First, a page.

The initial card costs €3 and you can top it up with whatever you need for your journeys. The good news is that you only need to purchase one card for your entire party – you can just tap it on multiple times when entering public transit.

Arriaga Theatre
Arriaga Theatre

2 to 3 Days in Bilbao Itinerary

The first two days of this itinerary concentrate on the city centre itself while the third day will take you to explore some of the surrounding area.

Day 1 – Explore the Old Town

Day one sees you wandering all over the top sites in and around the Old Town of Bilbao. This is a busy day so make sure that you’re wearing comfortable shoes!

Mercado de La Ribera

There is really no itinerary of a Spanish city where I don’t suggest the first stop to be the main market hall, and Bilbao is not different. So make the first stop the iconic La Ribera Market!

Market culture is strong in all corners of Spain, but it is particularly pervasive in a gastronomic hotspot like the Basque country.

You can’t come to this region of Spain without knowing about the deep love and respect for food and at the core of the cuisine is the hyper-locality and freshness of the ingredients. And the best place to see the source of these ingredients is the market!

La Ribera Market is one of the largest covered market halls in the world (it was entered into the Guinness Book of World Records in 1990) and it spans several floors while overlooking the Bilbao Estuary.

Constructed over the former Plaza Mayor, the ground floor consists of trendy “gastro bars” and cafes while the top two floors consist of everything from vegetable stands, butchers, cheesemongers, pastry shops, olive sellers and fishmongers.

If you’re after a light breakfast, head to Cafe Bar Iaela across the road from the market which serves a selection of sandwiches, pastries and coffees at an affordable price.

Heading to the market is the perfect first stop on any Bilbao itinerary and is an excellent introduction to the famed Basque cuisine.

La Ribera Market
La Ribera Market

Old Town (Casco Viejo)

From the market, it’s time to meander into the Old Town. There are several sites to see here and plan to spend a couple of hours wandering around to see everything.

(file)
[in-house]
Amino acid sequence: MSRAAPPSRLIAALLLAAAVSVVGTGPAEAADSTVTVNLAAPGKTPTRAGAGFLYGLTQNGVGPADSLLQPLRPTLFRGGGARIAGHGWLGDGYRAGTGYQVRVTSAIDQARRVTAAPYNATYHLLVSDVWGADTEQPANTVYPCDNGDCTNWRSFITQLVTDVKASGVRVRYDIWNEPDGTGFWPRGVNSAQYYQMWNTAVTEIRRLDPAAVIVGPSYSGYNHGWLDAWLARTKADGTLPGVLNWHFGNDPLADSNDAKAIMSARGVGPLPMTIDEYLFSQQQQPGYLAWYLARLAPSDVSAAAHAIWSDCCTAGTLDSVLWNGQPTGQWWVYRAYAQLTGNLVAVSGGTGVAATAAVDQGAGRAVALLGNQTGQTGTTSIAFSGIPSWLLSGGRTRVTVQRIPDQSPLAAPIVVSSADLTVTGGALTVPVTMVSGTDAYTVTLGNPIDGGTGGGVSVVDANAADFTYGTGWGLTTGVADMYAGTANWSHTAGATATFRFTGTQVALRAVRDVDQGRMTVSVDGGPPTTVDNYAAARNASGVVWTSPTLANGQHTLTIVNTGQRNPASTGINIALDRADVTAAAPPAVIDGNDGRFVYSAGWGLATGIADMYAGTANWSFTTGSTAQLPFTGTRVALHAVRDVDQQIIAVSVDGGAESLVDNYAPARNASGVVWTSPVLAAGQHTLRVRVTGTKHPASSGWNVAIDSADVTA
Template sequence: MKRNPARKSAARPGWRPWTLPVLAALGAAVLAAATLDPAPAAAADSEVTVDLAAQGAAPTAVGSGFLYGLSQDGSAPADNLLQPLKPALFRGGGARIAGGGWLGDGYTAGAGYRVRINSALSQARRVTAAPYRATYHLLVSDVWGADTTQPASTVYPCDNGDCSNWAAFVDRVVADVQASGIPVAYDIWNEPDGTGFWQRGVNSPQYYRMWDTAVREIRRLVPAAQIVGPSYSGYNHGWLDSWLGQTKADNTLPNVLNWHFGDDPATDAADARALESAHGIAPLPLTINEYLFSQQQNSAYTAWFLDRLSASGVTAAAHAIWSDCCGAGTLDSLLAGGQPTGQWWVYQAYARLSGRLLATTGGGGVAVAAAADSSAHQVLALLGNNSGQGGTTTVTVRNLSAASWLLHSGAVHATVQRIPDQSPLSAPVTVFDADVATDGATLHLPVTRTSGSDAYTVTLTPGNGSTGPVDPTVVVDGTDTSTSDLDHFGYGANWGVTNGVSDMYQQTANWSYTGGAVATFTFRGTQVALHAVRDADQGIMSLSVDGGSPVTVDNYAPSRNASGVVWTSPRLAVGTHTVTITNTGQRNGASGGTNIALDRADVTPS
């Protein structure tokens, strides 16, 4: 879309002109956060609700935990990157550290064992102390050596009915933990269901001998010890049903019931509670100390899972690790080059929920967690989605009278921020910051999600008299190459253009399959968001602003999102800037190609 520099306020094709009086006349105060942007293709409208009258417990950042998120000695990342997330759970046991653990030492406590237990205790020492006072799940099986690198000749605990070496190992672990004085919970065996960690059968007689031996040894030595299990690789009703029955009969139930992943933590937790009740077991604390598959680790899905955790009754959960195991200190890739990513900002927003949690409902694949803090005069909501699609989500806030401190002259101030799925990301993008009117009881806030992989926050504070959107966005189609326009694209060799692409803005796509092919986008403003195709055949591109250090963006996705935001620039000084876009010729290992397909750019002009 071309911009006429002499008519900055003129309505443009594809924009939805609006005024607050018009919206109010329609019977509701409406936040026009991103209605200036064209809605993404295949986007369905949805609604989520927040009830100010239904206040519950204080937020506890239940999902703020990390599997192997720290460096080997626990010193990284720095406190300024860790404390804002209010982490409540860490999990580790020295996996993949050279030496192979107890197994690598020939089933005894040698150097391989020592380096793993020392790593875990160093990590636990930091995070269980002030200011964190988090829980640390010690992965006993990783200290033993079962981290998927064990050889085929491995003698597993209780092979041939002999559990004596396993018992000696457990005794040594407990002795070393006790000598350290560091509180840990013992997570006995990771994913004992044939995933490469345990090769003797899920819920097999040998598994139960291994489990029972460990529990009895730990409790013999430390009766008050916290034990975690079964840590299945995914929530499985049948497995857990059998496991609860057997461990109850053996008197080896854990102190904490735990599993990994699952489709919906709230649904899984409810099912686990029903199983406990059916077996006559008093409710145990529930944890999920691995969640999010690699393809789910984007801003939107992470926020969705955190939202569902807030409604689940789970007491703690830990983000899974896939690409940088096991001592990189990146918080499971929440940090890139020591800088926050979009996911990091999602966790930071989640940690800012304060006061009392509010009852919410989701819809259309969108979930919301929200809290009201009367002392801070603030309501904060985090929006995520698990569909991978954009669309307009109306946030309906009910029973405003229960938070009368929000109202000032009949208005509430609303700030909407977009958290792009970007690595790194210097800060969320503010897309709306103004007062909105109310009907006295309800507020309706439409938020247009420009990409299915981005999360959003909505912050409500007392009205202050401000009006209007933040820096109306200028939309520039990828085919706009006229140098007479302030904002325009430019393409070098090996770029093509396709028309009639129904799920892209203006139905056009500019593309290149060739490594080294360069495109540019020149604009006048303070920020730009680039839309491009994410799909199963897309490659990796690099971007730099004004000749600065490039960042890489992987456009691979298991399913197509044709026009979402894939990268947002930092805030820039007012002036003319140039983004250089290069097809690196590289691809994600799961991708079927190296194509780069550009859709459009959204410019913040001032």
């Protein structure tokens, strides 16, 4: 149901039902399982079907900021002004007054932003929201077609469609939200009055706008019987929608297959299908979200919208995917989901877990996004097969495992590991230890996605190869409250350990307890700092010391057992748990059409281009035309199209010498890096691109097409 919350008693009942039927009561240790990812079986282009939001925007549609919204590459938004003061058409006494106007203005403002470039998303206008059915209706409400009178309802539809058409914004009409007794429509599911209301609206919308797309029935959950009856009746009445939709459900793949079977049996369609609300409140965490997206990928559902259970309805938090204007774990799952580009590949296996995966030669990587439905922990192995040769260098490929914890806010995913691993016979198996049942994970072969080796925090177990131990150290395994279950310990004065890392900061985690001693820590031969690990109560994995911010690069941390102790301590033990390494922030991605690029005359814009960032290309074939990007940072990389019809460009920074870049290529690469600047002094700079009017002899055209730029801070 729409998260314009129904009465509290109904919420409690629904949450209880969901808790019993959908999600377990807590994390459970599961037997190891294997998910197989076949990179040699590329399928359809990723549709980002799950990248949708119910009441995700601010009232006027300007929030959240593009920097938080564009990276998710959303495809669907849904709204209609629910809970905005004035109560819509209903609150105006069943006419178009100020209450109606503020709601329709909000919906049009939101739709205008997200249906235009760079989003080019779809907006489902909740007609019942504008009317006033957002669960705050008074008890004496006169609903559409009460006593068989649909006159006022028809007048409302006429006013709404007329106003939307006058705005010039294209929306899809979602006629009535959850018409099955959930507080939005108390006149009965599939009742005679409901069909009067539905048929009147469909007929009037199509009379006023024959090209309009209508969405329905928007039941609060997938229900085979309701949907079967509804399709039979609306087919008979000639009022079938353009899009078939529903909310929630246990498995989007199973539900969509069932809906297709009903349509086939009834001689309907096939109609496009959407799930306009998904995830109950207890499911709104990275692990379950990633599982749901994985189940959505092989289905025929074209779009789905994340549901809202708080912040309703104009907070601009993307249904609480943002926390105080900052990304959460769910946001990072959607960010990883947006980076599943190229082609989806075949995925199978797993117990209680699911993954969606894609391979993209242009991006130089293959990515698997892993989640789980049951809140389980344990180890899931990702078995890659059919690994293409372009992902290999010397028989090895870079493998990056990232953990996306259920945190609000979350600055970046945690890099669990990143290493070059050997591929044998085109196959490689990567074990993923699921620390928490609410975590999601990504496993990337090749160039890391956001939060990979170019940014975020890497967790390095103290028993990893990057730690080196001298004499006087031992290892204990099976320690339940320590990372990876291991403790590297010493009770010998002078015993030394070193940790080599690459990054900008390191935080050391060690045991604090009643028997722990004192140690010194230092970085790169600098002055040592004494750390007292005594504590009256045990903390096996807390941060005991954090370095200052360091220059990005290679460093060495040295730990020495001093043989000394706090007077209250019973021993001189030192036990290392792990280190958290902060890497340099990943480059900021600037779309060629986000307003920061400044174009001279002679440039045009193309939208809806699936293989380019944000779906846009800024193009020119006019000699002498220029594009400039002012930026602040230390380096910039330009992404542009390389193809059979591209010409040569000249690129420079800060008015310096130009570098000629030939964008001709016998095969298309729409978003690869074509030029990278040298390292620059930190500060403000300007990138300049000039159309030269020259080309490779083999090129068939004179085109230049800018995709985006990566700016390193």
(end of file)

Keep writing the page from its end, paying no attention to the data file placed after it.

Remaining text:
If you’d like to do this with a guide, we recommend either opting for the Bilbao Free Walking Tour which leaves from the Arriaga Theatre (you must book in advance) or, if you’d like a paid option, this guided tour of Bilbao allows you to arrange a customised tour.

Start your walk at the San Antón Church, which is situated just adjacent to La Ribera Market. This is an impressive church that also features on the crest of the Bilbao football team (so you can understand its significance!).

From the church, stroll along the estuary until you reach the Arriaga Theatre, a beautiful Neo-Baroque concert hall that is named after Juan Crisóstomo de Arriaga, who is often referred to as the “Spanish Mozart.”

Just across from the theatre lies a lovely riverside park and the St Nicholas Church. An interesting point to see on the water levels from a major flood in August of 1983. The water levels reached nearly 3 metres above the ground and ruined much of the industry that Bilbao was famous for.

Next, stroll over to Plaza Nueva. This name translates to “New Square” and it was constructed as a replacement for the Plaza Mayor (or main square) that was overtaken by the market hall. Plaza Nueva looks like many other squares in Spanish cities and it is lined with countless bars and restaurants to enjoy. In fact, this is a great place to visit when you’re ready for lunch or dinner (or even a snack)!

Plaza Nueva
Plaza Nueva

The next stop on your tour is the Catedral de Santiago de Bilbao or the Cathedral of St James of Bilbao. This beautiful church costs a pretty penny to enter, but it is just gorgeous from the outside if you don’t want to pay the entry fee.